With some focus on intriguing fantasy races, a “superhero-like” magic system, and an ancient dark force creeping close from the shadows, Birth of the Dawnhawk by Z. Apollo and M.J. Northwood is probably what happens when two imaginative minds join together to tell a story.
|Series: The Blessed, book one||Genre: Fantasy|
|Date of Publishing: 12 April, 2020||Publisher: Self-Published|
Avila Dawnhawk is one of the five Blessed.
For over a 1000 years the Mother’s Blessing has watched over Amasia, entrapping the Insanity, as it’s passed down from generation to generation in the form of the Blessed.
They’re powerful. They’re impossible, and they’re the world’s only hope.
The soft-hearted Avila is returning home from her years of studying and training in the mountains to attend her younger brother’s royal energy-binding. But there are monsters that Avila hasn’t trained to defeat. Monsters hiding in the shadows.
As Insanity grows stronger, will Avila Dawnhawk soar when she leaves the nest? Or will she plummet into the unknown?
“Take comfort in knowing we are all alone together.”
As I prepare to write this review, I find myself holding back a little, because Birth of the Dawnhawk proved to be one of those stories that the farther along you go, the more interesting details join in on the fun.
It’s not one of those novels that jumps straight into action, but instead takes some chapters to introduce its big climaxes, letting you accommodate the world and its characters first.
That is not to say this is not a fast-paced story. Even though it takes the time to establish its foundations, after the first climactic moment, the blows just keep on coming.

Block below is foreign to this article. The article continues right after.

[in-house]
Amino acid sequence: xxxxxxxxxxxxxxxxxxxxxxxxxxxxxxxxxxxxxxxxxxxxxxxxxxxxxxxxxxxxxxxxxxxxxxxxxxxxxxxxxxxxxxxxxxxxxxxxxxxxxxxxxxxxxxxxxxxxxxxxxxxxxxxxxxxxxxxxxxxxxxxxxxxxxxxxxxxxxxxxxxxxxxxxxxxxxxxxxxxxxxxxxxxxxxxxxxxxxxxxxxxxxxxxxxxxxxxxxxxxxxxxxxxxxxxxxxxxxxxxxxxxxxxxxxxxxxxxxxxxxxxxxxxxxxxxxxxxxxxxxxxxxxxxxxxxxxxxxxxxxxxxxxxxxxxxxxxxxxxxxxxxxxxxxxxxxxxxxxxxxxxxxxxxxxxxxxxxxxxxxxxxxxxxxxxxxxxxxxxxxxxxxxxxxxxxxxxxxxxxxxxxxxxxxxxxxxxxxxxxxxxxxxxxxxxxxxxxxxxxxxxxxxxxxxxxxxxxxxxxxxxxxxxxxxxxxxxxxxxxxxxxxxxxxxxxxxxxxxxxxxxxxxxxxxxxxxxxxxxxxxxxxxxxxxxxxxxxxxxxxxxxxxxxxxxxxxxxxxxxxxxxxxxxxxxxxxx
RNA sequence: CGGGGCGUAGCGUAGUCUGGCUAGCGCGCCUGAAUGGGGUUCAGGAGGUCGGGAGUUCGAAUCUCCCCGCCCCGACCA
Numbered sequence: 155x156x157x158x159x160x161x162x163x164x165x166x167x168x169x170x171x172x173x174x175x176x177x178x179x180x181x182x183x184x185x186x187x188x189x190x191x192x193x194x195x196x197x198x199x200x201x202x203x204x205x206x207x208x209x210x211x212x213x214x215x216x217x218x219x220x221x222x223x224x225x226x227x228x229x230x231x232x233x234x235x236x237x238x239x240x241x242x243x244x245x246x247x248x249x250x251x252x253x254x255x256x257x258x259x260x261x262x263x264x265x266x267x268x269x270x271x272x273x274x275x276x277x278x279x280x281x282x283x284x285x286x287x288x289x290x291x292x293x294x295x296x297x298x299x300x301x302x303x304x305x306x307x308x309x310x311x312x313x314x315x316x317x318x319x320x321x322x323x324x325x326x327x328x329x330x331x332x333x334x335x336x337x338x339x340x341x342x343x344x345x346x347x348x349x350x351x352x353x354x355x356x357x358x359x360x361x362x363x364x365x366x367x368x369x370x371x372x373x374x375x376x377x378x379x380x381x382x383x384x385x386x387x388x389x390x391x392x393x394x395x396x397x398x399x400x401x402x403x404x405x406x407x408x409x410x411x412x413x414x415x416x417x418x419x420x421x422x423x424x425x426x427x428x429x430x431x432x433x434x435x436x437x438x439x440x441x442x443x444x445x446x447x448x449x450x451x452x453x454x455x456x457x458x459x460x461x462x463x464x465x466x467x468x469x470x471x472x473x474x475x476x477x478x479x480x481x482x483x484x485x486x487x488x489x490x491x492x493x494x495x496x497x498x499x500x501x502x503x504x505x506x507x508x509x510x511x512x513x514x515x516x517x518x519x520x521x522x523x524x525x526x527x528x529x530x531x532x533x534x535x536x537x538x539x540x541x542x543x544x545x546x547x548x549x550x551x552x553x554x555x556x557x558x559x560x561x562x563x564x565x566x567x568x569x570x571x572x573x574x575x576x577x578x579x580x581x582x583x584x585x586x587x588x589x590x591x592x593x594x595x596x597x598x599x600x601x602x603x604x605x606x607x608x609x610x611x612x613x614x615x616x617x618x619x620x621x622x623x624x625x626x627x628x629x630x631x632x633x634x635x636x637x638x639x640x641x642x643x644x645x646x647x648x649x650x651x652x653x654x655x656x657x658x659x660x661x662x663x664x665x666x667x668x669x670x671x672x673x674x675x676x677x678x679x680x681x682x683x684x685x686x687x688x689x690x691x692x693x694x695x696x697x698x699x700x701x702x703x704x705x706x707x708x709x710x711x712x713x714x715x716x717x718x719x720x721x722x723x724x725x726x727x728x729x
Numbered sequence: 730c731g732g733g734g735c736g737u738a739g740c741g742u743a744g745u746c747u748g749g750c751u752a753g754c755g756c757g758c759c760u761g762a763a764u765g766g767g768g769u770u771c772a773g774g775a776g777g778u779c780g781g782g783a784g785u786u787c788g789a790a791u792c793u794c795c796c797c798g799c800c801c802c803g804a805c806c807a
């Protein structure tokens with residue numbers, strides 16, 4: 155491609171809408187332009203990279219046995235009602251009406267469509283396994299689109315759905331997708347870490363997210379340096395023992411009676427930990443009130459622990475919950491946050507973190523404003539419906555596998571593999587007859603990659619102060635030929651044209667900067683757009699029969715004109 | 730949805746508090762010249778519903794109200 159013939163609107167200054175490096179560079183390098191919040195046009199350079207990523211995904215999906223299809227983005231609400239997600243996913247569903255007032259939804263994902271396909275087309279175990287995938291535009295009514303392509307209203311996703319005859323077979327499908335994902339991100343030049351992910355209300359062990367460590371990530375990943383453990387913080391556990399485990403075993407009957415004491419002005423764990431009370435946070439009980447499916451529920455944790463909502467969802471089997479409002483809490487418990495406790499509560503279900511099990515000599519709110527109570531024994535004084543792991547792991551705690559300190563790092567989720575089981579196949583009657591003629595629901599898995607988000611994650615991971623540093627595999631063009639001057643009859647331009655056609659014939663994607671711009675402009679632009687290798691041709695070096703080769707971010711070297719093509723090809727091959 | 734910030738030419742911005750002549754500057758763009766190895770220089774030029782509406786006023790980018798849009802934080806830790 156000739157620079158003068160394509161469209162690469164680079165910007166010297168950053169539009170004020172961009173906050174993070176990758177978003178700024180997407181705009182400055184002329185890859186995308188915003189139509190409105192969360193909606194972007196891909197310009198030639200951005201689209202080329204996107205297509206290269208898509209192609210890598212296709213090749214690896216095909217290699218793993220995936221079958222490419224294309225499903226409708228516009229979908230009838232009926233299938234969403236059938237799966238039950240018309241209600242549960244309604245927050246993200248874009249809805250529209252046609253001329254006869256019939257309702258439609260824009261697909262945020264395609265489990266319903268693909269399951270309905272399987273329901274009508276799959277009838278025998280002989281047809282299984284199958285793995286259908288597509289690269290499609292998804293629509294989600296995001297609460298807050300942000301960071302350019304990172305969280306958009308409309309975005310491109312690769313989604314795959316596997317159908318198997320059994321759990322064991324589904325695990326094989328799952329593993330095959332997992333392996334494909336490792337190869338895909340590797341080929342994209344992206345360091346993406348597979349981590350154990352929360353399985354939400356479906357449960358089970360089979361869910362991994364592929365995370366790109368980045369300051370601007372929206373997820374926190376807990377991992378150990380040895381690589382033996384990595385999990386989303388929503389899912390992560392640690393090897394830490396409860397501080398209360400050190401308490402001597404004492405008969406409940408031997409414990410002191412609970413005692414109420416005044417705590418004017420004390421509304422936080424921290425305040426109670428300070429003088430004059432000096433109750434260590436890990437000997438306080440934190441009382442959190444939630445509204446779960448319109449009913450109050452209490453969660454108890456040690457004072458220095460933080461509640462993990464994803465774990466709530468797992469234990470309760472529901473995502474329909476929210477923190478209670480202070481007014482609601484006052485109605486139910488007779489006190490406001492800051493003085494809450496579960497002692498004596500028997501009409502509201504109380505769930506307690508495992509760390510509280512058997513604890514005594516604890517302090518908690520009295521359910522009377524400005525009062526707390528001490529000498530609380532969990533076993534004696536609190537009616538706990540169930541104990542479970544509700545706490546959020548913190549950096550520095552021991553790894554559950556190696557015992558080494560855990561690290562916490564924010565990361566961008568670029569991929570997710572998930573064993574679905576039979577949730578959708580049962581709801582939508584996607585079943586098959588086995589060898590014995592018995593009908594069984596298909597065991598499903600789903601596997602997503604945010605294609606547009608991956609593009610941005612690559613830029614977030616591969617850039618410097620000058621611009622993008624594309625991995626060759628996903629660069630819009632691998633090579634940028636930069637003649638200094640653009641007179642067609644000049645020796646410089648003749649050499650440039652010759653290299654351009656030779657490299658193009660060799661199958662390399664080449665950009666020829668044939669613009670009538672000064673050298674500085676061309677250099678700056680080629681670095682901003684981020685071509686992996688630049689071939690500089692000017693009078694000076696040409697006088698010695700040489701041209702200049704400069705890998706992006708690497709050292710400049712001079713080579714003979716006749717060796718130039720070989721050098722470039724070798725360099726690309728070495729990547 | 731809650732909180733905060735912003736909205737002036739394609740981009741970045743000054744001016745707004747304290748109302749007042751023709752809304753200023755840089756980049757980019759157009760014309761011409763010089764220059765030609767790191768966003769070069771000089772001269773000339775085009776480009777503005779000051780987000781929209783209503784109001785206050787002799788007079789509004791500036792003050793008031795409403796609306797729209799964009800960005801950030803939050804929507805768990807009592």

Birth of the Dawnhawk is the first in a trilogy that takes us across the world of Amasia. We ride with Avila Dawnhawk, daughter of the Lord Preserver of Hassun, the prosperous city of the desertic kingdom of Magena.
Avila has just come back from her training at the temple to celebrate her brother’s energy-binding. She has been honing her skills as a Blessed, someone whom the Mother (a presence akin to a goddess) has infused with magical markings, something like moving, glowing tattoos that don’t just look undeniably cool.
Intriguing magic system
Every Blessed has a particular aptitude connected to their gift, though they all share similar skills like, f.e., manipulating elements of nature such as fire, stone, water, etc. Though people who are not Blessed can also manipulate these elements, only the marked can display incredible amounts of power through other types of magic.
I saw this book being classified on Amazon under the “superhero” genre, and although it’s purely a fantasy story, I thought it shared many similarities with superhero stories through the use of its magic.
I love systems that allow for a distinct magical ability for each user; the way it seems to say that magic expresses itself differently in each of us. Yet this book managed to join two concepts: one of a distinctive magic and another of a magic shared, together in one cohesive system. It was interesting to see how that developed into a structural magic that had its limits and disadvantages.
Avila’s lateness in discovering her innate talent is still a source of insecurity, nonetheless she’s eager to come back home and reconnect with her family.
But what is to be a commemoration of the marriage between her brother and the daughter of a Tivaci chief, a bordering kingdom to Magena, soon turns into a relentless quest across inhospitable places far from home.
Exciting, ever-changing landscapes
I wouldn’t shy away from calling this a travel or adventure fantasy, as every moment takes you through a different landscape, each of them hiding unexpected dangers or surprises.
Though some conclusions to certain ambitions of the plot are expectable, the way they come to pass often catches you by surprise.